Ireland is facing a clear shortage of hotel beds in the capital. Therefore, it comes as no surprise to see regular announcements of plans to build new hotels across the city.
Similar developments have been announced for sites on the north and south side of the city. However, Board Fáilte has indicated that even with developments currently in the pipeline the demand for rooms will not be met.
Current Trends for Licensing of Hotels
The trend has been for hotel developers to licence them with full publican’s licences instead of hotel licences. By Licensing the hotel with a publican's licence means that the licence will retain investment value, and could possibly increase in value. However, it does require an upfront investment of €70,000 approx to extinguish an existing licence so that it can apply to the hotel.
Publican’s licences which are suitable for extinguishment can be difficult to source at the best of times, therefore It is worthwhile attempting to secure a licence at the outset of the development rather than a few weeks before the licensing application, otherwise you may end up paying a premium to ensure that you have a clean licence to extinguish.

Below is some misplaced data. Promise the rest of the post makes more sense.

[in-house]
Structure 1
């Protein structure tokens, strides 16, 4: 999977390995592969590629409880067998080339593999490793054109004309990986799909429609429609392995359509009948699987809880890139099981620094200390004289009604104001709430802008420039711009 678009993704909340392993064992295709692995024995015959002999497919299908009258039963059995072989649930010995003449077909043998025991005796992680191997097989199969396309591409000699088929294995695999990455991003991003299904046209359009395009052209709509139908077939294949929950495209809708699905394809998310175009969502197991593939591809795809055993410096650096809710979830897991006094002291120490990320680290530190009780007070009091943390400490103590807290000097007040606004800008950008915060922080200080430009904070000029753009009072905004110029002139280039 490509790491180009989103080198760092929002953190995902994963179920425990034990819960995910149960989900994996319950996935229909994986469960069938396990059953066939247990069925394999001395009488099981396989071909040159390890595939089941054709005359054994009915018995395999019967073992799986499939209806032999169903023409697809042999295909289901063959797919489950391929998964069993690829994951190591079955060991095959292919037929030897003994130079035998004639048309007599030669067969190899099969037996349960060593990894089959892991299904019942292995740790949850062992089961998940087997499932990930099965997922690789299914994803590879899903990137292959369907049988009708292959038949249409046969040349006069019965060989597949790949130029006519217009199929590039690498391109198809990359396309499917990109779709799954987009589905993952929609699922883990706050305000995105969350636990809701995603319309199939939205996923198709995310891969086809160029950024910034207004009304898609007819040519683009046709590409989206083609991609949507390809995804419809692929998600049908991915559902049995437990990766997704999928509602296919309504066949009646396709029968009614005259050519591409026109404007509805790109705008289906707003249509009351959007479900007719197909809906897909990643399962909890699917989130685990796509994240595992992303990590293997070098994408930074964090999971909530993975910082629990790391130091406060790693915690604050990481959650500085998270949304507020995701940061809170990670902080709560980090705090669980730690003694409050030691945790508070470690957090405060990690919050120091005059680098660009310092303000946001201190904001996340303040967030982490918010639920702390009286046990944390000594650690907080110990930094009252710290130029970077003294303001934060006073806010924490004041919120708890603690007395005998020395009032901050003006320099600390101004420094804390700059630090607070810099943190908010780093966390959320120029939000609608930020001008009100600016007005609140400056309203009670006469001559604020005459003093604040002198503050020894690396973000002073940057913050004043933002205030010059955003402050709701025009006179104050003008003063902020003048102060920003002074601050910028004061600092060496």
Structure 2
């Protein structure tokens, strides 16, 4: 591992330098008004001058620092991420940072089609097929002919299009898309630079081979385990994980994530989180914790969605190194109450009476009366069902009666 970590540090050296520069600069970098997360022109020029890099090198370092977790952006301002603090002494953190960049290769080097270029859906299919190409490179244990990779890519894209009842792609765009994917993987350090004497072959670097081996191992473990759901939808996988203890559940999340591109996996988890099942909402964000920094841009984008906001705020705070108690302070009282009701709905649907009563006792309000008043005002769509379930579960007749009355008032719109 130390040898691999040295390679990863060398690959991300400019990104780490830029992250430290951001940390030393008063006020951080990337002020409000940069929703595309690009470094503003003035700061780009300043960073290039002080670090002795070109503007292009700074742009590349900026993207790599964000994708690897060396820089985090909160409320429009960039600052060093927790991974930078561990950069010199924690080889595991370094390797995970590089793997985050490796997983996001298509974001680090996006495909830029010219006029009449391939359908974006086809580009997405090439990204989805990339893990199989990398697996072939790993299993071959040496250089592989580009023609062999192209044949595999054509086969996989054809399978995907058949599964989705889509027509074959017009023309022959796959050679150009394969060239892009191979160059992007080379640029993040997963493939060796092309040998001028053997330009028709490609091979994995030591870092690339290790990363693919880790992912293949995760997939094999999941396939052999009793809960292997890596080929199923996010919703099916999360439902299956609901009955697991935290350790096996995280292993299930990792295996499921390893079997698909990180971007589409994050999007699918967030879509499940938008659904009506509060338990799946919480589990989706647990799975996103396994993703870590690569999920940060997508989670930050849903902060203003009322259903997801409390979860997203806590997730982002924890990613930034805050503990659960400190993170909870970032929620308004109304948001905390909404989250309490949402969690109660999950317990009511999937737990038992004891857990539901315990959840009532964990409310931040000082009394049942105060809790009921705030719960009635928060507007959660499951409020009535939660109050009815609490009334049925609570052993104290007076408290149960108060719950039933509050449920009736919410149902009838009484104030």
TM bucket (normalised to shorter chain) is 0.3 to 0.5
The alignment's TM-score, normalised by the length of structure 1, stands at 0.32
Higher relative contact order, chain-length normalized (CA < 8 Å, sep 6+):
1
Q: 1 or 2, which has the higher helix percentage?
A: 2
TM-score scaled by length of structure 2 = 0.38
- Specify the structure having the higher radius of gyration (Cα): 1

For a hotel developer, the declaratory procedure for licensing applications is also worth considering. The declaratory procedure allows an applicant to apply to the Circuit Court, in advance of turning any sod, for confirmation that the proposed hotel as outlined in architects drawings, is suitable to be licensed. At the declaratory stage objectors will be called. Its a good way of flushing out objectors before any real expense has been incurred in the build. If the declaratory order is granted without objection then the developer is free to build out the hotel and licence it with a publicans licence safe in the knowledge that no one can object to the licence at the second, 'Certificate' stage of the Court application - except on limited grounds such as the character of the licence holder.
Fáilte Ireland chairman Michael Cawley has urged Dublin City Council to change the regulations to allow for high rise hotels in the city centre. The capital currently has a shortage of hotel rooms, with only 5,000 extra rooms planned for the next five years, which Cawley claims is still "5,000 short of what we need".